Research with Impact: Developing More Effective Financial Support Provision

Centre for Decision Research

Dr Simon McNair is a postdoctoral researcher at the Centre for Decision Research. Simon’s academic background is in the psychology of judgement and decision-making, with a particular focus on how individual differences in cognitive and emotional characteristics influence people's behaviour. His PhD research studied how people think about competing evidence when making estimates about how likely an outcome is - a form of reasoning integral in areas such as medical diagnosis (how likely is someone to have Disease X ?), law (how likely is it this defendant is guilty?) and finance (how likely is someone to get a good return on this investment?). Prior to joining the Centre, Simon completed research on behalf of leading UK debt management firm Grant Thornton UK LLP which studied emotional and behavioural differences between men and women experiencing bankruptcy.

Photograph of Simon and Cathy with their award

Early Career Researcher Impact Award
Using Behavioural Insights to Develop More Effective Financial Support Provision

About the research:
"My initial research at Leeds University Business School indicated that psychological factors such as how people cope with stress, and self-efficacy were associated with spending and borrowing during times of high pressure.

Through this research I developed close ties with the United Leeds Debt Forum—a co-operative of professional, voluntary, political and community-based financial activists - and co-organised and hosted their inaugural conference at the University in 2014, with a keynote talk given by Hilary Benn MP. This initial research also garnered media interest from Radio Aire and Made in Leeds TV.

Subsequently, I have developed a research agenda that aims to translate these initial findings into a “psychological toolkit” that can be applied by financial support organisations to develop their policy and practice with respect to helping those in financial difficulty to overcome issues concerning stress, emotions and self-regard.

As part of this agenda I am leading an in-progress project with partners Money Buddies, a Leeds community-based support organisation, which will assist them in identifying the kinds of psychological issues their clients may be facing that may undermine their ability to cope with financial difficulty.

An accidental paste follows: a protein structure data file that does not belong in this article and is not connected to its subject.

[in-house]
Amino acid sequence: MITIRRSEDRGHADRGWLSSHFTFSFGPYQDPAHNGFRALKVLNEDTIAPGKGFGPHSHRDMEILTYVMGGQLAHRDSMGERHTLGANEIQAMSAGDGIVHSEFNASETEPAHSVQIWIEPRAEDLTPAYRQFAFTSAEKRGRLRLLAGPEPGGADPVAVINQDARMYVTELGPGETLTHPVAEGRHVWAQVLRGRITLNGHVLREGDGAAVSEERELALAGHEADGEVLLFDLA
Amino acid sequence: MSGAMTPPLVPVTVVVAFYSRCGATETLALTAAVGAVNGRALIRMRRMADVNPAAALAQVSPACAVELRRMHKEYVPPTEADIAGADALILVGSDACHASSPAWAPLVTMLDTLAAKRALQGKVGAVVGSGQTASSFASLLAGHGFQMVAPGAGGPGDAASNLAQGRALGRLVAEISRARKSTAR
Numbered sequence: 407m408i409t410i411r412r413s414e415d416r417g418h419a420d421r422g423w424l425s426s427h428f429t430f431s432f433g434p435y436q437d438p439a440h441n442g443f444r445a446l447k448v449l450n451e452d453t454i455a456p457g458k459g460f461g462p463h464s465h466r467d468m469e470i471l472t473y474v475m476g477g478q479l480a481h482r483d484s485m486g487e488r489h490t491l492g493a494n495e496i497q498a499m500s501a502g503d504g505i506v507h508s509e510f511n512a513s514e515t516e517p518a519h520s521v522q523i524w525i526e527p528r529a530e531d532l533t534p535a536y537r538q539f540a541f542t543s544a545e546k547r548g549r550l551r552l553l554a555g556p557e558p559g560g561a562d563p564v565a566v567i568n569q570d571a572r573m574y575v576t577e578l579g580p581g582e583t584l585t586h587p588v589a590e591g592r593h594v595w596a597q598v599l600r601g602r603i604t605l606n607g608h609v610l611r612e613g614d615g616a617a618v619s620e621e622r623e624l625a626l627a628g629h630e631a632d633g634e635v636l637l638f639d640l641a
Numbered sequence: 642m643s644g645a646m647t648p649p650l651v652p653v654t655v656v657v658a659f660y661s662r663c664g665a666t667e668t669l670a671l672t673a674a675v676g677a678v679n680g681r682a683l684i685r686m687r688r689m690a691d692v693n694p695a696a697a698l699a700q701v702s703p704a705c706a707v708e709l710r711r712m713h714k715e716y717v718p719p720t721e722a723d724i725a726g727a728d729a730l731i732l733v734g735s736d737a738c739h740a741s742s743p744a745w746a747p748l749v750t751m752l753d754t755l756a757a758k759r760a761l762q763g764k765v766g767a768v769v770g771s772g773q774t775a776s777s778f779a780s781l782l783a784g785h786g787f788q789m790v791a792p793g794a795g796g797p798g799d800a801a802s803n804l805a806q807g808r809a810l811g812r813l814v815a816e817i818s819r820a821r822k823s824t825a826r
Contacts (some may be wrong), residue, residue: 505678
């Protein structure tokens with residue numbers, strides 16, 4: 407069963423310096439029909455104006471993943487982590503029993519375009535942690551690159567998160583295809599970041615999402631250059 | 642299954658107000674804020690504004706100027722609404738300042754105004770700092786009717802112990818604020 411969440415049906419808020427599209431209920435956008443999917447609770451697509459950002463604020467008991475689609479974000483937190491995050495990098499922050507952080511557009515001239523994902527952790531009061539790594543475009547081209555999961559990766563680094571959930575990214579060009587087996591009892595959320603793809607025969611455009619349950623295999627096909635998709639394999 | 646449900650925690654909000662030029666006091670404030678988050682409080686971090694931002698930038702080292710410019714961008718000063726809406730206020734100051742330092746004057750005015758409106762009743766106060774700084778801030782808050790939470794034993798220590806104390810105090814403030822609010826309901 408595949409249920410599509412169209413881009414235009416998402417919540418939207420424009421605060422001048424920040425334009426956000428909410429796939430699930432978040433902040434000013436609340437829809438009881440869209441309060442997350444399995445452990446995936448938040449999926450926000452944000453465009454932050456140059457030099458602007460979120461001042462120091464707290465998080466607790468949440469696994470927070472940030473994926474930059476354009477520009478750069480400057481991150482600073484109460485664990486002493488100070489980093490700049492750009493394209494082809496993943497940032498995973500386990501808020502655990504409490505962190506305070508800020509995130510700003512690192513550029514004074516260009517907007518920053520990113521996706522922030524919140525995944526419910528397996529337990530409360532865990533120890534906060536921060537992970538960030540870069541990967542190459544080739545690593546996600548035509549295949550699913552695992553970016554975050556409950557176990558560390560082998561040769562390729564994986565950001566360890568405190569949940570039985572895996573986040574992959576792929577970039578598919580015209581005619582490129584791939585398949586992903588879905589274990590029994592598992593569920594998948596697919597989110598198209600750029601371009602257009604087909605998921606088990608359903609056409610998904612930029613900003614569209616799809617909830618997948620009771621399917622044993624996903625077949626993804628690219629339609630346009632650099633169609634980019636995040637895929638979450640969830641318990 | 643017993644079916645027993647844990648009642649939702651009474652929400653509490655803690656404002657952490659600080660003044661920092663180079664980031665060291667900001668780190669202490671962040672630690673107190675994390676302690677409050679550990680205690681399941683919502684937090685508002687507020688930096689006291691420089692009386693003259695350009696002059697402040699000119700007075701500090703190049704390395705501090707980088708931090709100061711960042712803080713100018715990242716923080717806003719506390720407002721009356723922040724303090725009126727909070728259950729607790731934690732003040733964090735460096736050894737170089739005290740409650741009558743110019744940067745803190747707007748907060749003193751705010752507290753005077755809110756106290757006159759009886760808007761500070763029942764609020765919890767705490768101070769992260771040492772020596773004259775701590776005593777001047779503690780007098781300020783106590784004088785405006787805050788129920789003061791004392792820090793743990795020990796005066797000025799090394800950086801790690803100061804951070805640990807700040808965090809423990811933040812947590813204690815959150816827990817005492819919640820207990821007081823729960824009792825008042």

Furthermore, through this initial work I have developed a partnership with both Leeds and Bradford Citizens Advice Bureau—two of the largest UK Bureaus—with the aim of upscaling this research agenda.

The partnership formed a major component of my successful application for a Leverhulme Early Career Fellowship (which I will be blogging about shortly) that will see me work directly with CAB to further develop the “toolkit”.

The upcoming project has once again seen me featured on Made in Leeds TV as well as be interviewed by The Yorkshire Post. It stands to yield direct impact on practice in an organisation that is the largest independent provider of financial advice in the UK.

It’s a wonderful honour for me to have my research recognised by the Business School in this way. The fantastic support I have had from my colleagues and peers has, for me, culminated in being awarded a Leverhulme Early Career Fellowship, and I’m very grateful to have the opportunity to continue my research here at Leeds University Business School.”

Comment from the judges:
“Dr McNair received the Impact Award for an Early Career Researcher, a special category within the Awards. It was evident to the panel that he had developed a highly valuable and applied research agenda and established several very strong working relationships with external bodies – companies, third sector agencies and policymakers. He has also captured the attention of the media. His work is highly commendable and we look forward to hearing about his achievements under his Leverhulme Early Career Fellowship.” 

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The views expressed in this article are those of the author and may not reflect the views of Leeds University Business School or the University of Leeds.